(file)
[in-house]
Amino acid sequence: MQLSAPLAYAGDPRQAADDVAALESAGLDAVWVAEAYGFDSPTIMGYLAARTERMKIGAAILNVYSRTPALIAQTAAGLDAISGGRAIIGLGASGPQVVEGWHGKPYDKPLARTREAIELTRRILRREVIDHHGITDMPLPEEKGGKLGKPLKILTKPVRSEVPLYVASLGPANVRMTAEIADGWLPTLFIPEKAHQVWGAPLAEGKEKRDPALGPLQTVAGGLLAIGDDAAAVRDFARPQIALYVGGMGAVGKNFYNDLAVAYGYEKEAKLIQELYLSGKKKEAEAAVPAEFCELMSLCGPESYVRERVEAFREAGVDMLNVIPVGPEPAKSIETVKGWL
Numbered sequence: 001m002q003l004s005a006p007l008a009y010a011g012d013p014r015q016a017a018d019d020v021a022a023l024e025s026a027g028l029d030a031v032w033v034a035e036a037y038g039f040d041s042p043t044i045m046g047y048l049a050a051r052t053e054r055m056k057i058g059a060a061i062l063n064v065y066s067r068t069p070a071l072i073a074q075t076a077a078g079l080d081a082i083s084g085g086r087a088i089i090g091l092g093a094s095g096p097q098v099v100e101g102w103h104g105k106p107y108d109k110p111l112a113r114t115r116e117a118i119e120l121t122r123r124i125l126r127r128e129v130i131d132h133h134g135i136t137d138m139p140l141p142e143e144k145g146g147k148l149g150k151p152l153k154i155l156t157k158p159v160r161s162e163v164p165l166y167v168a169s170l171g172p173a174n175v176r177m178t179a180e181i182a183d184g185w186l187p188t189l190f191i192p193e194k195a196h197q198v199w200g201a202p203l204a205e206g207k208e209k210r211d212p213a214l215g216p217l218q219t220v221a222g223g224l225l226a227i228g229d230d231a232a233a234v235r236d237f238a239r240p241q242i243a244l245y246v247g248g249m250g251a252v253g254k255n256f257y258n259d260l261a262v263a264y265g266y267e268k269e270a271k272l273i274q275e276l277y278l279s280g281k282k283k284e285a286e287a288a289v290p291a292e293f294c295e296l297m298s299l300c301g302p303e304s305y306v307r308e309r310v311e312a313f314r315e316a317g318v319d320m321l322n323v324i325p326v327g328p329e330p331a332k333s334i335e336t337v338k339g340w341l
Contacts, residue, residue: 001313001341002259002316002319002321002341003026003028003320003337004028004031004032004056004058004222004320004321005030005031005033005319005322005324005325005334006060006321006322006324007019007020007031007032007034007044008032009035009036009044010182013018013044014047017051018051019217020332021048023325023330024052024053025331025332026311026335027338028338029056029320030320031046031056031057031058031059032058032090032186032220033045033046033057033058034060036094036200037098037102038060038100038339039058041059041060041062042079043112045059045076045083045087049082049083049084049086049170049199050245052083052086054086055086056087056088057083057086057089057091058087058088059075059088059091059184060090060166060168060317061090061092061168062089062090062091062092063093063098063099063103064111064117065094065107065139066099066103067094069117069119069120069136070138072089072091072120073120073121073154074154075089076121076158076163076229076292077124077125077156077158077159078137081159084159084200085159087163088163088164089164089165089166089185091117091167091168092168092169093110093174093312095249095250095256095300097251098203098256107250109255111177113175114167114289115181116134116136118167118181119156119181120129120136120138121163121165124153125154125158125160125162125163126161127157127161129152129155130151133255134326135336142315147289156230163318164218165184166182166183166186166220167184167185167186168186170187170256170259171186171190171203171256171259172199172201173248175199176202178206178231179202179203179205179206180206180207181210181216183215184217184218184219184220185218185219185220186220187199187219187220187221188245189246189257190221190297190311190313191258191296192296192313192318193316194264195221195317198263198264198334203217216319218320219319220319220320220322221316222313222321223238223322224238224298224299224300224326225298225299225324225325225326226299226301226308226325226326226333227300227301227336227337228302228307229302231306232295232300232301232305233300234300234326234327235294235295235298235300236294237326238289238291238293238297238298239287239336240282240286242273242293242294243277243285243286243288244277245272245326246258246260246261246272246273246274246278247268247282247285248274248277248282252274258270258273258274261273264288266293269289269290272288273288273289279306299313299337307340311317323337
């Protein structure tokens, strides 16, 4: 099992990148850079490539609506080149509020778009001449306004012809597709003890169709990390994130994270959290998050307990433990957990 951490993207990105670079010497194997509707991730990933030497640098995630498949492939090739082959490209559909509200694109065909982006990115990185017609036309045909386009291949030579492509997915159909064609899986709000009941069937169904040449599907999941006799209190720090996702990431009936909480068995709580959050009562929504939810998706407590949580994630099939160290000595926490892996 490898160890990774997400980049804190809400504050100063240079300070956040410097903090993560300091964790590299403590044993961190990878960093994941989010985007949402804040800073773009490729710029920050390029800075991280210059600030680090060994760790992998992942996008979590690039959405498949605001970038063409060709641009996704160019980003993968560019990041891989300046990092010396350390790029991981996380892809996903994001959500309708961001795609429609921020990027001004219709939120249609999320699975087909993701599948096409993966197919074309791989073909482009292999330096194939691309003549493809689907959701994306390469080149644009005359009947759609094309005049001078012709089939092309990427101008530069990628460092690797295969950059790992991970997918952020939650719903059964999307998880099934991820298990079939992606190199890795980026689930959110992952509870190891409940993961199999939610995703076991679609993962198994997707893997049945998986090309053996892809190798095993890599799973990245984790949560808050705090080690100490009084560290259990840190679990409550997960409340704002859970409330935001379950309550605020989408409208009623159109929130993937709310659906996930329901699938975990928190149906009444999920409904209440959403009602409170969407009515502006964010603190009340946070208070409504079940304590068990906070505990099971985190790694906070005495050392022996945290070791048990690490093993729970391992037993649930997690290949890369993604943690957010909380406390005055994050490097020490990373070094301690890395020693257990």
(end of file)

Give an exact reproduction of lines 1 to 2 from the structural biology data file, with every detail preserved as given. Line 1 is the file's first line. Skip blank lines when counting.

[in-house]
Amino acid sequence: MQLSAPLAYAGDPRQAADDVAALESAGLDAVWVAEAYGFDSPTIMGYLAARTERMKIGAAILNVYSRTPALIAQTAAGLDAISGGRAIIGLGASGPQVVEGWHGKPYDKPLARTREAIELTRRILRREVIDHHGITDMPLPEEKGGKLGKPLKILTKPVRSEVPLYVASLGPANVRMTAEIADGWLPTLFIPEKAHQVWGAPLAEGKEKRDPALGPLQTVAGGLLAIGDDAAAVRDFARPQIALYVGGMGAVGKNFYNDLAVAYGYEKEAKLIQELYLSGKKKEAEAAVPAEFCELMSLCGPESYVRERVEAFREAGVDMLNVIPVGPEPAKSIETVKGWL